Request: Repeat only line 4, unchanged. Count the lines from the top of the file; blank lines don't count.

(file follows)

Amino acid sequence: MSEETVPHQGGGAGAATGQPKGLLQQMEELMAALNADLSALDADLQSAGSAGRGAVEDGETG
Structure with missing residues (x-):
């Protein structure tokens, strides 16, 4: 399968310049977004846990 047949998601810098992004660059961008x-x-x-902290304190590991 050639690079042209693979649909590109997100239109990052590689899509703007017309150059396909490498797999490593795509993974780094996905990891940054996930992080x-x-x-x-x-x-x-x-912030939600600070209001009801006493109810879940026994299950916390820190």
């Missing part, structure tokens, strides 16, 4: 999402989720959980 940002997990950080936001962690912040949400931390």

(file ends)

């Missing part, structure tokens, strides 16, 4: 999402989720959980 940002997990950080936001962690912040949400931390």